by Lawrence Clark Powell
No man was more influential than John Muir in preserving the Sierra's integrity. If I were to choose a single Californian to occupy the Hall of Fame, it would be this tenacious Scot who became a Californian during the final forty-six years of his life. It was John Muir whose knowledge wedded to zeal led men and governments to establish the National Park Service. Yosemite and Sequoia in California, the Petrified forest and the Grand Canyon in Arizona, and the glacier wilderness of Alaska are what they are today largely because of this one man, in whom learning and love were co-equal. More than any other, he was the answer to that call which appears on the Courts Building in Sacramento: Give me men to match my mountains.
Excerpted from California Classics: The Creative Literature of the Golden State: Essays on the Books and Their Writers by Lawrence Clark Powell (Santa Barbara, Capra Press, 1971), ch. 12: "John Muir: The Mountains of California."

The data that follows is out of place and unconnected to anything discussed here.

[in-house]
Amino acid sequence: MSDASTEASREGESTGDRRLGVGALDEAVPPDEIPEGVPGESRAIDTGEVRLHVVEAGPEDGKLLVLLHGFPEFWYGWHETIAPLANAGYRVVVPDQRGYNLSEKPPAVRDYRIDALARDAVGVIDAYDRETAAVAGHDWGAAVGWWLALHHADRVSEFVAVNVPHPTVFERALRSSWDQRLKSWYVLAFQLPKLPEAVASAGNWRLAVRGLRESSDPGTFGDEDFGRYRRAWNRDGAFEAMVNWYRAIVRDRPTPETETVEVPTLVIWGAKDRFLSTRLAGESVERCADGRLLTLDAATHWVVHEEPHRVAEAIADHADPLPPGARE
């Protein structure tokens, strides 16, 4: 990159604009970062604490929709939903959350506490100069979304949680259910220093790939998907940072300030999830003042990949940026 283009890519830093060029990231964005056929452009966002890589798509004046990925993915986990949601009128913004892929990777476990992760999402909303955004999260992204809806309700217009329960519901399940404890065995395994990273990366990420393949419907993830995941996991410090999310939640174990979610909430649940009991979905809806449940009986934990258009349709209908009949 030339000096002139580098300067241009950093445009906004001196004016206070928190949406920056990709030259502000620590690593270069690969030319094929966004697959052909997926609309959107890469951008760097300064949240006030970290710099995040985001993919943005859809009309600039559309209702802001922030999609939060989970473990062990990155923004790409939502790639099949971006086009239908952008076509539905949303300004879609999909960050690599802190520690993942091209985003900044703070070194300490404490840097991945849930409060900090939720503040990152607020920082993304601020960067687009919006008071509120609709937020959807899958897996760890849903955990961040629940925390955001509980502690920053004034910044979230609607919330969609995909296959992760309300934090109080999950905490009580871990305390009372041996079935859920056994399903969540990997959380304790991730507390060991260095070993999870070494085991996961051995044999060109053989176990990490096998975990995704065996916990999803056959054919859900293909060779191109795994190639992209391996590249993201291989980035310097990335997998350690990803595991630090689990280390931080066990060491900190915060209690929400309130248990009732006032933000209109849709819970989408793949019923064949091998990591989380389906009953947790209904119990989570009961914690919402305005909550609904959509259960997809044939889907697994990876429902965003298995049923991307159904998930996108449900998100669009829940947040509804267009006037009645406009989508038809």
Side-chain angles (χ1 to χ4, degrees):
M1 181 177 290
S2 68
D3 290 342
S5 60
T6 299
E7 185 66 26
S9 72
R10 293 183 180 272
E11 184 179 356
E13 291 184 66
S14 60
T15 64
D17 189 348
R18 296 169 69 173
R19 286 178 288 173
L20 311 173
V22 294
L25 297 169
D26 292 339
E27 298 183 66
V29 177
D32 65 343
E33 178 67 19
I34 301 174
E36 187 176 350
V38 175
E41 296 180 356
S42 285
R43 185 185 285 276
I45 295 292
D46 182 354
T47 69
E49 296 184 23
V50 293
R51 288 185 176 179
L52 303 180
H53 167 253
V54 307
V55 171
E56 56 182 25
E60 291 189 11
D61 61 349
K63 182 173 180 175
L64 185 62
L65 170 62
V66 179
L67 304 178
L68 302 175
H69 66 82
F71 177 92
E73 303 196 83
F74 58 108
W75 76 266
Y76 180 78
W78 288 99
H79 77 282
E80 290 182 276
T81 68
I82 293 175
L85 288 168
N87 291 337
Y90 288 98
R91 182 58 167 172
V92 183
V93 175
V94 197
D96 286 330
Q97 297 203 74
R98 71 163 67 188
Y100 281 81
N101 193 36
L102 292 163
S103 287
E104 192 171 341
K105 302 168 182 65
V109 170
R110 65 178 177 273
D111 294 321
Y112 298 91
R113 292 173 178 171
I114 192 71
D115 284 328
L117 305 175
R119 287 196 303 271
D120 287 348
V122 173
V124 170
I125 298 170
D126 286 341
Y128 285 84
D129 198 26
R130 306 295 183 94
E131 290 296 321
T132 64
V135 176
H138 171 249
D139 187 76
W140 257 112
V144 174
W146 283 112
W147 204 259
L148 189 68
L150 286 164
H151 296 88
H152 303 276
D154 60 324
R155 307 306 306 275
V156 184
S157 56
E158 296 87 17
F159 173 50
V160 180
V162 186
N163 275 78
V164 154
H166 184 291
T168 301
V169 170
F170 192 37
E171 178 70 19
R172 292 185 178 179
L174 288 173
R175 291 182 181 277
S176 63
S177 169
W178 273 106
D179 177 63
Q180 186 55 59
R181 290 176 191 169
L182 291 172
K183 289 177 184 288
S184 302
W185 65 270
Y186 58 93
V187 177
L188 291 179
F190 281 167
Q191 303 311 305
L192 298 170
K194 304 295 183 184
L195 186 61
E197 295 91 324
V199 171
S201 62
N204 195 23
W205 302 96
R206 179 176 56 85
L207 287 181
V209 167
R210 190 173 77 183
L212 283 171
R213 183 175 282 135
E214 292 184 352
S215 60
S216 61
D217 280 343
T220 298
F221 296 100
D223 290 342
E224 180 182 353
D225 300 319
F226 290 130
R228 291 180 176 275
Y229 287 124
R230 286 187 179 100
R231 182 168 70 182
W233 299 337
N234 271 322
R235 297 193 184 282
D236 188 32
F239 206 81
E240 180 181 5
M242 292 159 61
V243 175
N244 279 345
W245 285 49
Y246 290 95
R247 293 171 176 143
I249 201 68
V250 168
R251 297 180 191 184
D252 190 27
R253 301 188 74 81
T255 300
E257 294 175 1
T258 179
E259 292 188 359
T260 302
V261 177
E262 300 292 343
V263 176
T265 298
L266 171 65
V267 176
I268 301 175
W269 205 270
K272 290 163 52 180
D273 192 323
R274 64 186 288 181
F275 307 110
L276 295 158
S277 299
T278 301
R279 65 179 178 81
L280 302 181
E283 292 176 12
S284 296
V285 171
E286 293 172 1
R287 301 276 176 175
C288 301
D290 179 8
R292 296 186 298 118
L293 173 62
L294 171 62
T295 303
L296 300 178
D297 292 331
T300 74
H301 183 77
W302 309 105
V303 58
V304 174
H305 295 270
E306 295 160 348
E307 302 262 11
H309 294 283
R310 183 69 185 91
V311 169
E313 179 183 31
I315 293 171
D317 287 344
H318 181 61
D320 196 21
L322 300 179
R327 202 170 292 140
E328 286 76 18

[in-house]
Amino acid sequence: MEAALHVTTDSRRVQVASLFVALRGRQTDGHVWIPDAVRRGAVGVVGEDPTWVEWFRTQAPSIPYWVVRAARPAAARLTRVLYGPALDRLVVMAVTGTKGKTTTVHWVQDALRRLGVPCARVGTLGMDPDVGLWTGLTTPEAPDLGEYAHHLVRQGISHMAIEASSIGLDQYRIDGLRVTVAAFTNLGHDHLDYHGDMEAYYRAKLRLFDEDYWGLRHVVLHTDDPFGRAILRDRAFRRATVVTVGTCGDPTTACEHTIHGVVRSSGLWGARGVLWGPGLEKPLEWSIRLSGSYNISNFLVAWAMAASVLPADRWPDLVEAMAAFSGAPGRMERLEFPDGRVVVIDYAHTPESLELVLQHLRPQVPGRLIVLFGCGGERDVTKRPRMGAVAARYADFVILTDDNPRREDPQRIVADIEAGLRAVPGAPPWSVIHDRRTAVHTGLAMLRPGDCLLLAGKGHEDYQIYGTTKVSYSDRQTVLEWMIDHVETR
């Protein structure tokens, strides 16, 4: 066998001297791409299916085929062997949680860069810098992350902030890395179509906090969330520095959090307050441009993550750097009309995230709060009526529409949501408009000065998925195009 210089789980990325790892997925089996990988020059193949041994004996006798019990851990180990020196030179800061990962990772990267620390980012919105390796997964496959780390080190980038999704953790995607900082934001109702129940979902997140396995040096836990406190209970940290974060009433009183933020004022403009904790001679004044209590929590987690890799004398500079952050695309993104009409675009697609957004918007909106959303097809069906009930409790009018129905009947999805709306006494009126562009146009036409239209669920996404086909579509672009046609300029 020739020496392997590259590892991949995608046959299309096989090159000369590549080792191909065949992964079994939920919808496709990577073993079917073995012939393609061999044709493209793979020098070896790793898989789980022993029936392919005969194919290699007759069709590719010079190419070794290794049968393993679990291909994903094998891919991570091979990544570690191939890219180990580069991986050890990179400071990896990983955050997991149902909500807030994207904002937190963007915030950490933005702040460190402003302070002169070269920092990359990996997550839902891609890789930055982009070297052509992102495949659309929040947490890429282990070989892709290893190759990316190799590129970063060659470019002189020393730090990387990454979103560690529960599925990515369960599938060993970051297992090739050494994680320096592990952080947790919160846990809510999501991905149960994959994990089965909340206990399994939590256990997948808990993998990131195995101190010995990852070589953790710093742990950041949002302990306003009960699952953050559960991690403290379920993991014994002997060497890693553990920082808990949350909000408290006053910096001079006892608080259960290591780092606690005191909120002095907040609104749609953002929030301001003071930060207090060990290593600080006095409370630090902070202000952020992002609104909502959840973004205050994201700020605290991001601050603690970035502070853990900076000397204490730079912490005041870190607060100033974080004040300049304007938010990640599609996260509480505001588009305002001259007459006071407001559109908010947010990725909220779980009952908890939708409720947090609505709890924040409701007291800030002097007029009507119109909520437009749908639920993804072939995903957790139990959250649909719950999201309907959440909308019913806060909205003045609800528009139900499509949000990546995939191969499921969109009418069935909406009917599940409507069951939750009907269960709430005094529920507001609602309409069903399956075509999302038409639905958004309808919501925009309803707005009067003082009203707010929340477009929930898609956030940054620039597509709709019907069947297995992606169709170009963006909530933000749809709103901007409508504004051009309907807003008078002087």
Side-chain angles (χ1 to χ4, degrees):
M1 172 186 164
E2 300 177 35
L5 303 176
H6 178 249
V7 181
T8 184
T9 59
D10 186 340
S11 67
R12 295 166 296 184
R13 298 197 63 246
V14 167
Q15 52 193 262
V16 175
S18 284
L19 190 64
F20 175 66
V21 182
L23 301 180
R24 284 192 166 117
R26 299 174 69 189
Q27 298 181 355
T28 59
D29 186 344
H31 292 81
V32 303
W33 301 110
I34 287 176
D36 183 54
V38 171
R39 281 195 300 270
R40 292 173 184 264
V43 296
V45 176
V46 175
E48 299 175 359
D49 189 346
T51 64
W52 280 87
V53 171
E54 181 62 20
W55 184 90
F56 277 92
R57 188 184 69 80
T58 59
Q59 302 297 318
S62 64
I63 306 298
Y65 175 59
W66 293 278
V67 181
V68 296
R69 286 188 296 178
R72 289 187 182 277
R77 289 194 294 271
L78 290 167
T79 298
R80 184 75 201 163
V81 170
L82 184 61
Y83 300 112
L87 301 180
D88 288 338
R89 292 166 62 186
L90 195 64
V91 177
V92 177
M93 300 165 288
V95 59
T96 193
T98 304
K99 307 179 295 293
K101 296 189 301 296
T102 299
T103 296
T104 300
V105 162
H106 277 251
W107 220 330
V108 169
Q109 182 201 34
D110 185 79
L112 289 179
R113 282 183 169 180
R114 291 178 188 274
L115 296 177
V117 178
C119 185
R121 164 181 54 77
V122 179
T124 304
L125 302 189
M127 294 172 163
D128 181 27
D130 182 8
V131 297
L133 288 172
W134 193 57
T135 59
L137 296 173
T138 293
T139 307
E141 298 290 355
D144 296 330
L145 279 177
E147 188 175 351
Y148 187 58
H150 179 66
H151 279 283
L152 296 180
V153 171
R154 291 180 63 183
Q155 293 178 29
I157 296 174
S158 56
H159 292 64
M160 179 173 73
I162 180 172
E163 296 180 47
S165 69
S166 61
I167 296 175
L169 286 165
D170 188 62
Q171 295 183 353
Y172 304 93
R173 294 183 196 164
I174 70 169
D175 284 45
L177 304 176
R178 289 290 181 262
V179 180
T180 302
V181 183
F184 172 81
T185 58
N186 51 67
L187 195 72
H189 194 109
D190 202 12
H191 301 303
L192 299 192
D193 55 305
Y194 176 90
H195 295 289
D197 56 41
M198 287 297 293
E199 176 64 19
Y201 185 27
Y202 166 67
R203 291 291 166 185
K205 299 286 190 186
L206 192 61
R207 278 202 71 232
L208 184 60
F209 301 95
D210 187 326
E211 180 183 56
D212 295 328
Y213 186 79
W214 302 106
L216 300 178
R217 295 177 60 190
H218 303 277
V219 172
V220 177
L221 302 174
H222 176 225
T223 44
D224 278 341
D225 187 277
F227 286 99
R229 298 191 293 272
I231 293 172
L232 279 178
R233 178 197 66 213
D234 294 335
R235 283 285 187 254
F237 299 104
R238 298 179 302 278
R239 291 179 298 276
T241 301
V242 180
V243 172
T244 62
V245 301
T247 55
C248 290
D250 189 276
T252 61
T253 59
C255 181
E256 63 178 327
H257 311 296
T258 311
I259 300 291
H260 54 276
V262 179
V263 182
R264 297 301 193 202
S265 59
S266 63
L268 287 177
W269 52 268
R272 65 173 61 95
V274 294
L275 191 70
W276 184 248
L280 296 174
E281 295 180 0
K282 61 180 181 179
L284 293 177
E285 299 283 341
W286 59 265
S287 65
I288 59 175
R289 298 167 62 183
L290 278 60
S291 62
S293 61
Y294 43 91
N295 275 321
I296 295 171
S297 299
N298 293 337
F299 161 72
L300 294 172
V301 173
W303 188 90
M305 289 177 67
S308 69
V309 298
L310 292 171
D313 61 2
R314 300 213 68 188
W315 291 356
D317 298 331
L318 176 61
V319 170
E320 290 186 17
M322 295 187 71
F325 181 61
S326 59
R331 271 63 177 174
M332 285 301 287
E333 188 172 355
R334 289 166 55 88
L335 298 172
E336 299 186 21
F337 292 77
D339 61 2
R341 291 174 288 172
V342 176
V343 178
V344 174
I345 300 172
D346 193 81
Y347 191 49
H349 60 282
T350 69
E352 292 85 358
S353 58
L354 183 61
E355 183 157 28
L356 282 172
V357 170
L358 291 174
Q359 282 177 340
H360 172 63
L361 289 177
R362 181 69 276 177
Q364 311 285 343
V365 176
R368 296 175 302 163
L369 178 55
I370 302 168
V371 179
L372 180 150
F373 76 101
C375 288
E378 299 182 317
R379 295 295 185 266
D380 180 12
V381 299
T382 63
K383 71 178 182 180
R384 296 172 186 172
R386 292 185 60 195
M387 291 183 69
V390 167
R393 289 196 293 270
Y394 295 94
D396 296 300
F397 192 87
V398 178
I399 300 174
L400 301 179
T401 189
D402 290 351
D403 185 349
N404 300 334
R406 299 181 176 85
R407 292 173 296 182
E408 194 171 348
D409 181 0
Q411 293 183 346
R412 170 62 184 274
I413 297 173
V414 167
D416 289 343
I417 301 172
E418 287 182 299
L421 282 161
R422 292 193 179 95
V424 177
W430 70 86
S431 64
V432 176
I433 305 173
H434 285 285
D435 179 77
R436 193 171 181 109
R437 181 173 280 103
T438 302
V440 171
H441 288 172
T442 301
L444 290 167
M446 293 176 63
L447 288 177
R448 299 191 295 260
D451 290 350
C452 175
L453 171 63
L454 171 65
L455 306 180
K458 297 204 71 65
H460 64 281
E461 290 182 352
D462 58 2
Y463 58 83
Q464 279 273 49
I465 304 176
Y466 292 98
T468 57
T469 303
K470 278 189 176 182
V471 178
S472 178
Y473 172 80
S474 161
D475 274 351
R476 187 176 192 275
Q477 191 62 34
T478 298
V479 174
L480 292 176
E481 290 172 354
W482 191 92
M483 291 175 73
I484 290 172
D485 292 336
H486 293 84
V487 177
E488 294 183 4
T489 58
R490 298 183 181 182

About the Author
Lawrence Clark Powell (1906 - 2001) was a nationally recognized librarian and author. Powell is considered one of the outstanding librarians of the 20th century. Powell founded and was dean of the School of Library Service during his 28-year career at UCLA, and the university's undergraduate library is named for him. He was the author of 50 books, including acclaimed works on Robinson Jeffers, Charles Edward Pickett and bibliographies and essays on Raymond Chandler and Zane Grey. Widely known for his books on books, Powell also produced novels, a play, and works on music.
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